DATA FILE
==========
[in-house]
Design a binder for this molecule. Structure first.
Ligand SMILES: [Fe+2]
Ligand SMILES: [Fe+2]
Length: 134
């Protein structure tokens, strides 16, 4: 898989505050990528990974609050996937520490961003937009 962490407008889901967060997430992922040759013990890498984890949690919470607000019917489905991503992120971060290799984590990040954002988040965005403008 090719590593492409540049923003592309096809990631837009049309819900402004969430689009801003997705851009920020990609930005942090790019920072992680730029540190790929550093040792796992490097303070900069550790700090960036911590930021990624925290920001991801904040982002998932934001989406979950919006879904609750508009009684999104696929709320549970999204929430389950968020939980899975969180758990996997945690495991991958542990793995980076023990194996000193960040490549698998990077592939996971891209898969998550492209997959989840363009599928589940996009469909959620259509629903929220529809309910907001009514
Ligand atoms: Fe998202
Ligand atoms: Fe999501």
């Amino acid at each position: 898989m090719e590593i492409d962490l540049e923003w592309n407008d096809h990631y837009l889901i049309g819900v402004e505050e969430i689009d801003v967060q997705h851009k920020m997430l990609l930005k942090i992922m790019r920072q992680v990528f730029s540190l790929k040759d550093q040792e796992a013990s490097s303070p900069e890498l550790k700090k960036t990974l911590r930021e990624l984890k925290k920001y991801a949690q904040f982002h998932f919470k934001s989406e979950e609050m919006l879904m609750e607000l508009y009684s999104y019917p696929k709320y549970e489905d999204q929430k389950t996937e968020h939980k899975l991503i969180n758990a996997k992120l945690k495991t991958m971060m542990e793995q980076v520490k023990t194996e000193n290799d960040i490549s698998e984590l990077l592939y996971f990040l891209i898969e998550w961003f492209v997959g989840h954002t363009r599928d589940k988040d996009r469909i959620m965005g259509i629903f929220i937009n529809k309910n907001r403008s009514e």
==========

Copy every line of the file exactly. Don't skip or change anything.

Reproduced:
[in-house]
Design a binder for this molecule. Structure first.
Ligand SMILES: [Fe+2]
Ligand SMILES: [Fe+2]
Length: 134
């Protein structure tokens, strides 16, 4: 898989505050990528990974609050996937520490961003937009 962490407008889901967060997430992922040759013990890498984890949690919470607000019917489905991503992120971060290799984590990040954002988040965005403008 090719590593492409540049923003592309096809990631837009049309819900402004969430689009801003997705851009920020990609930005942090790019920072992680730029540190790929550093040792796992490097303070900069550790700090960036911590930021990624925290920001991801904040982002998932934001989406979950919006879904609750508009009684999104696929709320549970999204929430389950968020939980899975969180758990996997945690495991991958542990793995980076023990194996000193960040490549698998990077592939996971891209898969998550492209997959989840363009599928589940996009469909959620259509629903929220529809309910907001009514
Ligand atoms: Fe998202
Ligand atoms: Fe999501």
């Amino acid at each position: 898989m090719e590593i492409d962490l540049e923003w592309n407008d096809h990631y837009l889901i049309g819900v402004e505050e969430i689009d801003v967060q997705h851009k920020m997430l990609l930005k942090i992922m790019r920072q992680v990528f730029s540190l790929k040759d550093q040792e796992a013990s490097s303070p900069e890498l550790k700090k960036t990974l911590r930021e990624l984890k925290k920001y991801a949690q904040f982002h998932f919470k934001s989406e979950e609050m919006l879904m609750e607000l508009y009684s999104y019917p696929k709320y549970e489905d999204q929430k389950t996937e968020h939980k899975l991503i969180n758990a996997k992120l945690k495991t991958m971060m542990e793995q980076v520490k023990t194996e000193n290799d960040i490549s698998e984590l990077l592939y996971f990040l891209i898969e998550w961003f492209v997959g989840h954002t363009r599928d589940k988040d996009r469909i959620m965005g259509i629903f929220i937009n529809k309910n907001r403008s009514e």